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Damian Kulash: Vocals, Guitar
Tim Nordwind: Bass
Dan Konopka: Drums
Andy Ross: Guitar, Keyboards

It's winter in Malmö, the Swedish industrial town where OK Go has come to record their second album for Capitol Records. The band is excited but wary. They've just spent two exhausting years touring the globe, and another six months back home, writing and rejecting more than sixty new songs. The writing process was grueling, but fruitful: OK Go came up with a collection of demos so strong they grabbed the attention of super-producer Tore Johansson, the hugely sought-after man behind Franz Ferdinand's debut album and the Cardigans' hits.

Tore's first words are gruff. "When you are finished with a take," he tells them in his half-menacing, half-hilarious Swedish accent," I will not come running into the studio smiling and waving my arms like some American producer. If I say something is OK, it is perfect. If I say nothing, you will do it again until I tell you stop." Tore spends ten minutes deriding the cookie-cutter slickness of America, home of editing systems smarter than the people who use them. It will be much simpler here, Tore assures them. "You will go into a room together and you will rock."

And rock they did. The result is Oh No, an album that absolutely explodes out of the speakers. Where other bands bomb out or bloat up on their second albums, OK Go has tightened the screws and trimmed the fat, delivering a stripped-down, revved-up forty-two minutes of wild, propulsive rock and roll. It's a worthy follow-up to their 2002 debut, which established OK Go as expert craftsmen of intelligent, ultra-catchy rock songs. If that album was the mischievous class president-smart and popular and sexy, and not as innocent as he seems - then Oh No is the same kid after he's spent a lurid summer in bedrooms and bar fights all over town.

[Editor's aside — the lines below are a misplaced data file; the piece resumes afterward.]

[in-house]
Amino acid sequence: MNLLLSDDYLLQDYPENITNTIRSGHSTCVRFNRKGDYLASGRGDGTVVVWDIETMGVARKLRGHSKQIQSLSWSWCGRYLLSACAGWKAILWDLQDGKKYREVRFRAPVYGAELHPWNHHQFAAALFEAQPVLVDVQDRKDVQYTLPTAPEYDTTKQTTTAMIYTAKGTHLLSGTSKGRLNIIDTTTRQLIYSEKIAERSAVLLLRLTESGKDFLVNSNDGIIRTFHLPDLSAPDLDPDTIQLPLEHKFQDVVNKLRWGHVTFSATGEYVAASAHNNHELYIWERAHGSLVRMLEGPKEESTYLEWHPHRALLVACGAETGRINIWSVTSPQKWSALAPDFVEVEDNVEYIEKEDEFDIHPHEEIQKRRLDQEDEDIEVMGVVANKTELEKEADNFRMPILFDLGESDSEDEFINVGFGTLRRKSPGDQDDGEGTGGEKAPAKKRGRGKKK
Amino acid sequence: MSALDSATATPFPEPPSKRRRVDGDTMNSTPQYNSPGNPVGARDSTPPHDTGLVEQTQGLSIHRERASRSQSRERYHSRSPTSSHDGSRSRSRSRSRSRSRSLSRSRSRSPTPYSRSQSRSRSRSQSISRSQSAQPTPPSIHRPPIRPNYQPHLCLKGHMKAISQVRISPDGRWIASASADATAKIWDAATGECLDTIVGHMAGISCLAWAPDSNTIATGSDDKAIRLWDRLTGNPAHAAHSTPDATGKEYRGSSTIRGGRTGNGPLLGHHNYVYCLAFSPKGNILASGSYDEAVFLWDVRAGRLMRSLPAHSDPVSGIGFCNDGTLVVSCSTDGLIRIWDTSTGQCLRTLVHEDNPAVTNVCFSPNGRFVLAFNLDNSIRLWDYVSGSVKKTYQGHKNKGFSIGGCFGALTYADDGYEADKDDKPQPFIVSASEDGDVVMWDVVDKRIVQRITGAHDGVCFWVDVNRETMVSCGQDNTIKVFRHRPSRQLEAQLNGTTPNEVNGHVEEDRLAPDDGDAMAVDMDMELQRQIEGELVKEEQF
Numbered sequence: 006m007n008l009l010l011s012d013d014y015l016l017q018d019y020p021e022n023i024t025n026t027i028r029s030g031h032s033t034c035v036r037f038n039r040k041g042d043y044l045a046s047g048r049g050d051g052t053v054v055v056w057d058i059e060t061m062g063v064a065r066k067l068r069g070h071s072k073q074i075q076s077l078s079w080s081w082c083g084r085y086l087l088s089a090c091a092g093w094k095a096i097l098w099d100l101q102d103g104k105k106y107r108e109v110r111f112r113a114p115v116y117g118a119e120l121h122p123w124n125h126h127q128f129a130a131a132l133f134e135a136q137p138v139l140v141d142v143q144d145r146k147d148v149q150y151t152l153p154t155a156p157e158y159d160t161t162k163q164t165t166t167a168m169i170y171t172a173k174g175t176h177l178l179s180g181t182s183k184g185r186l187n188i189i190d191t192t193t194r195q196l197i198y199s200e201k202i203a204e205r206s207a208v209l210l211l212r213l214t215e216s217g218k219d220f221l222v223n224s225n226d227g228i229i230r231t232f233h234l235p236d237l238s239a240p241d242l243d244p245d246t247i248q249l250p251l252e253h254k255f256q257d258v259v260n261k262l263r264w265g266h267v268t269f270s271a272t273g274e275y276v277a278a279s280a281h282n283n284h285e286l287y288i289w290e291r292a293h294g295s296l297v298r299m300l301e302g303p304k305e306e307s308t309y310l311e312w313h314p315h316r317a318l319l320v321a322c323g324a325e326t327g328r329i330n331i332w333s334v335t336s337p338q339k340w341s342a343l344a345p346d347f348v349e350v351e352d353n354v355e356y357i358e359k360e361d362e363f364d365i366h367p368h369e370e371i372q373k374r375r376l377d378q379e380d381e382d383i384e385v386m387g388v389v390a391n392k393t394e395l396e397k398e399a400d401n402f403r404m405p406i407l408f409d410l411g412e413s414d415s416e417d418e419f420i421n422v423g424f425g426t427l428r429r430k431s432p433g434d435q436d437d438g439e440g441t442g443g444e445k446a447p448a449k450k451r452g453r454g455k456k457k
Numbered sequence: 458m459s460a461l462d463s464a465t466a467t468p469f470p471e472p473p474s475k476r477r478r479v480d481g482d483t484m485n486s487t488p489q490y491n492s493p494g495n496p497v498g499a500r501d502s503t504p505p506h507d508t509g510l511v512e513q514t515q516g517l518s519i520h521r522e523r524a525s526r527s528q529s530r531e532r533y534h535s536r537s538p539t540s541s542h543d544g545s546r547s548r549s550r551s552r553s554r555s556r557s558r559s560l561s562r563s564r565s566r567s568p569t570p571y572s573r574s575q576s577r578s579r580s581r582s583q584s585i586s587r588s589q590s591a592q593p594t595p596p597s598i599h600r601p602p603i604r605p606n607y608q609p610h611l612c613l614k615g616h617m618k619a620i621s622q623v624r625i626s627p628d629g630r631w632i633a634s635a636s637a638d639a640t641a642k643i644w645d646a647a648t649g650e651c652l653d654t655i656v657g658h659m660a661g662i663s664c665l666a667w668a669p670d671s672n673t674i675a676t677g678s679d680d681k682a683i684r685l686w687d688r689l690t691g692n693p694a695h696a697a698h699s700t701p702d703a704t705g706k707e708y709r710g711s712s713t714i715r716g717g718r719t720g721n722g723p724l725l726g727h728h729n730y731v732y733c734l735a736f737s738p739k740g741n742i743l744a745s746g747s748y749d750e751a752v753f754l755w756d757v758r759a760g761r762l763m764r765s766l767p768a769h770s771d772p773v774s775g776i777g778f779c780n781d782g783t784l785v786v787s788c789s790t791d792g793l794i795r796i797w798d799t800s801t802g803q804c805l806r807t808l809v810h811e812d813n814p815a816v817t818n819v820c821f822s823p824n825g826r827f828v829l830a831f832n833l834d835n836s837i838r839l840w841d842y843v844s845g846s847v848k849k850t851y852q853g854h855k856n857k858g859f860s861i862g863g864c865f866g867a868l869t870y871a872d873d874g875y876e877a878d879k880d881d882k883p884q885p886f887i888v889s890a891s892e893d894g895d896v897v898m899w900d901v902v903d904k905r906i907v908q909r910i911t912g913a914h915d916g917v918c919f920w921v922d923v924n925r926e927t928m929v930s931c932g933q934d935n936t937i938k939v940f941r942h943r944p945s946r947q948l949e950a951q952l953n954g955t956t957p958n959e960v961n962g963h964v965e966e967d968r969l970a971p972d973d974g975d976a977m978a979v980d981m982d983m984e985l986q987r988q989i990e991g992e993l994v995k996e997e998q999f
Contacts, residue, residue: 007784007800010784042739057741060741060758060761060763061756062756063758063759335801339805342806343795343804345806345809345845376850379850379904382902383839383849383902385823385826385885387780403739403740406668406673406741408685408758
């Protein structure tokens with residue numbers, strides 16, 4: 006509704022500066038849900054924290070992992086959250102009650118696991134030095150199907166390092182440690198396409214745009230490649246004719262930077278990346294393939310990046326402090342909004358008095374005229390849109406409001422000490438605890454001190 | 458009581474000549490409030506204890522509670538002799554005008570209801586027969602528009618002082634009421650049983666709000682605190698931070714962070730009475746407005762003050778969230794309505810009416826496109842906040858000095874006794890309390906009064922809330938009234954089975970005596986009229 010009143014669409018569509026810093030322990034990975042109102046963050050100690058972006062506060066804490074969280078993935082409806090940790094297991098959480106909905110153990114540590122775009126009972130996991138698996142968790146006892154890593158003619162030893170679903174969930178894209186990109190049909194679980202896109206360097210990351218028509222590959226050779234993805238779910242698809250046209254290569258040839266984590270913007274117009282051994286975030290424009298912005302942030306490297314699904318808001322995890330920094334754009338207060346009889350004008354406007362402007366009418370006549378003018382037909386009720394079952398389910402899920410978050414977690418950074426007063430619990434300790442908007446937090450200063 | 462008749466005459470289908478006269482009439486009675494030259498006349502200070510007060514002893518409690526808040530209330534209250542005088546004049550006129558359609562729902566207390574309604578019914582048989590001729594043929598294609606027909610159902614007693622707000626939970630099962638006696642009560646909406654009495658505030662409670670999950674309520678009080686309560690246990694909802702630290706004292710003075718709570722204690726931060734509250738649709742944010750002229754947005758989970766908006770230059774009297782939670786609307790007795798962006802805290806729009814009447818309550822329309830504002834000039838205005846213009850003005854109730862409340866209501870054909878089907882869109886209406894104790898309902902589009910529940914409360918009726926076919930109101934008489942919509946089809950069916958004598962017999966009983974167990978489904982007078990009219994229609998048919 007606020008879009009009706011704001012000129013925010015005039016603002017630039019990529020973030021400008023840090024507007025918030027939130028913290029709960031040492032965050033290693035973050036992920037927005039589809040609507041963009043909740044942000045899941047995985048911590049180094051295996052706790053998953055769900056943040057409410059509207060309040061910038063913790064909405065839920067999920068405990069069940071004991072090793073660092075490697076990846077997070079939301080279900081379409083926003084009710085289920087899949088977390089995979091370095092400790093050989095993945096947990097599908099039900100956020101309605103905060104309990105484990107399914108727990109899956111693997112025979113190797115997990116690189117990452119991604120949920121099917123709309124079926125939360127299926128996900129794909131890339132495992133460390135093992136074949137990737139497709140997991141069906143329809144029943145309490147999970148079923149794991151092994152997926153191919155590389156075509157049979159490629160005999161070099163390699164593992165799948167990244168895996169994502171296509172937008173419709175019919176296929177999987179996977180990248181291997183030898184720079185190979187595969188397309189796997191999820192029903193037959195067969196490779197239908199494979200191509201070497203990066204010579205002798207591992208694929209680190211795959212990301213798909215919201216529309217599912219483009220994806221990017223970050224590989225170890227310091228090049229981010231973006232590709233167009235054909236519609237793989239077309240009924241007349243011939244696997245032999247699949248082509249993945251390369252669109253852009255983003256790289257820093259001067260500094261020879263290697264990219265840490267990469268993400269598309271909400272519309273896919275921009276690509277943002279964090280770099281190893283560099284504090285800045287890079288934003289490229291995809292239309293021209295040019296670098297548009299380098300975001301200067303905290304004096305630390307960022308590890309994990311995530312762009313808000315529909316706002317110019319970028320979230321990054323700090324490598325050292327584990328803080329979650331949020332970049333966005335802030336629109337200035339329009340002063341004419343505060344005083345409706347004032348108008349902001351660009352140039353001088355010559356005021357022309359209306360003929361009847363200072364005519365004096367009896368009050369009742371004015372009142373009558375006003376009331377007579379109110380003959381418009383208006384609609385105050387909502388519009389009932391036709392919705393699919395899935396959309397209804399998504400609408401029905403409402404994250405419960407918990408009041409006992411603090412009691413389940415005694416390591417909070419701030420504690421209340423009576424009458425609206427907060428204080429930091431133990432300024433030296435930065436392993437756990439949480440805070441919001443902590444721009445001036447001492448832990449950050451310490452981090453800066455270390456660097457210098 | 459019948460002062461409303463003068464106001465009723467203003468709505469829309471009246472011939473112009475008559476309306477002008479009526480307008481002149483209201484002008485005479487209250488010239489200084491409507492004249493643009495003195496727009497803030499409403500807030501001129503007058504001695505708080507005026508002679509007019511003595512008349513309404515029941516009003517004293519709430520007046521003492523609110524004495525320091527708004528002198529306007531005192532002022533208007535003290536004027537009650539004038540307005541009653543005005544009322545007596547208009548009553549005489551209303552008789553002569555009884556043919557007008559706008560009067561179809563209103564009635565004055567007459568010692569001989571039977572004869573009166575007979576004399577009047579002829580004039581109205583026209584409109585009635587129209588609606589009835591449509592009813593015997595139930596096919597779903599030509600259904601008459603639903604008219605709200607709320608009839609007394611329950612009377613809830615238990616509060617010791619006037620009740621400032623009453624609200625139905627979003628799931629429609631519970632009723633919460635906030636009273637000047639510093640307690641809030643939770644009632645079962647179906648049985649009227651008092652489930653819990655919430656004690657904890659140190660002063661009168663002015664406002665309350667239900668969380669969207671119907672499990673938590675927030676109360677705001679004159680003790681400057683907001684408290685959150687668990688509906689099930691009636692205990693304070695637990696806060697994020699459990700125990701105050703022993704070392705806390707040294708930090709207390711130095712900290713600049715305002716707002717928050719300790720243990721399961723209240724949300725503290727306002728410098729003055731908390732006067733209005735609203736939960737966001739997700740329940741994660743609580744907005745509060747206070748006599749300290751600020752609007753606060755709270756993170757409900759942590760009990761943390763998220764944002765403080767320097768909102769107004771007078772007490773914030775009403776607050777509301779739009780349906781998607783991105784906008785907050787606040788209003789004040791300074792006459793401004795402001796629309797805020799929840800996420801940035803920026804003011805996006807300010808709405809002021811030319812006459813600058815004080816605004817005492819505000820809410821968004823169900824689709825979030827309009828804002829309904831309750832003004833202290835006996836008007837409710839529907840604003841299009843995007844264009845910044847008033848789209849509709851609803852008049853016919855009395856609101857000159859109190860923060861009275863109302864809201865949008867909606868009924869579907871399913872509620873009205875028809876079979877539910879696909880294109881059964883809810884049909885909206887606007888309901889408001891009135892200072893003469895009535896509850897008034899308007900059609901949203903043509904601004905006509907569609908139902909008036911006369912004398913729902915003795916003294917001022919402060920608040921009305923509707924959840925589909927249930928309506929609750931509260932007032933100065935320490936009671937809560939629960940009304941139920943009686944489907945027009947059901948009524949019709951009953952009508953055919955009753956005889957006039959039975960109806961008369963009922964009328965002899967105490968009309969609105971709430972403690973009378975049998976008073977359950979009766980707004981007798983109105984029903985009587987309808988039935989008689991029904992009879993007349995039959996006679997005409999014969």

There's a rougher grit to Oh No. From the chaotic torrent of crashing guitars that launches "Invincible," the anthemic lead track, to the acidic chorus of "The House Wins," the album's stinging final song ("You don't have to be alone to be lonely.. you might as well give in"), the album surges with electricity. It's in the center-stage cowbell and cocky classic-rock riff of "Do What You Want," and the feverish, new wave rush of "Here It Goes Again."

But that energy doesn't obscure the wit, melody, and unabashed joy that brought the band this far. "A Good Idea at the Time" delivers a swaggering, line-for-line response to the Stones classic, "Sympathy for the Devil," transforming those famous "ooh-oohs" into tortured little taunts. Right on its heels is "Oh Lately It's So Quiet," a beautifully delicate - and unstoppably sexy - ghost story. Just a few songs later, we're taken somewhere else, slinking across the dance floor to the sleazy disco-era Clash beat of "A Million Ways."

Anyone who has witnessed the exhilaration of the band's live show will recognize the frenetic drive at the heart of Oh No. "We wanted to make an album that sounds like our band, and not a heady, self-conscious studio project," says lead singer Damian Kulash. "Everyone tells us rock and roll is a shadow of itself - a sad old milk cow smiling at the farmer every morning. We still see a bucking bull smashing around the stable."

The band's energy doesn't stop at the edge of the stage or the end of the disc. From the influential how-to guide they published for bands hoping to unseat President Bush (you should have seen the avalanche of hate mail that won them), to the monthly column they wrote for a Japanese rock magazine, to their tour of America as house band for public radio program This American Life, OK Go always seems to find a new corner of the world to explore and make their own. With Oh No, they're coming after yours.

--- from the official OK Go website

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Oh No

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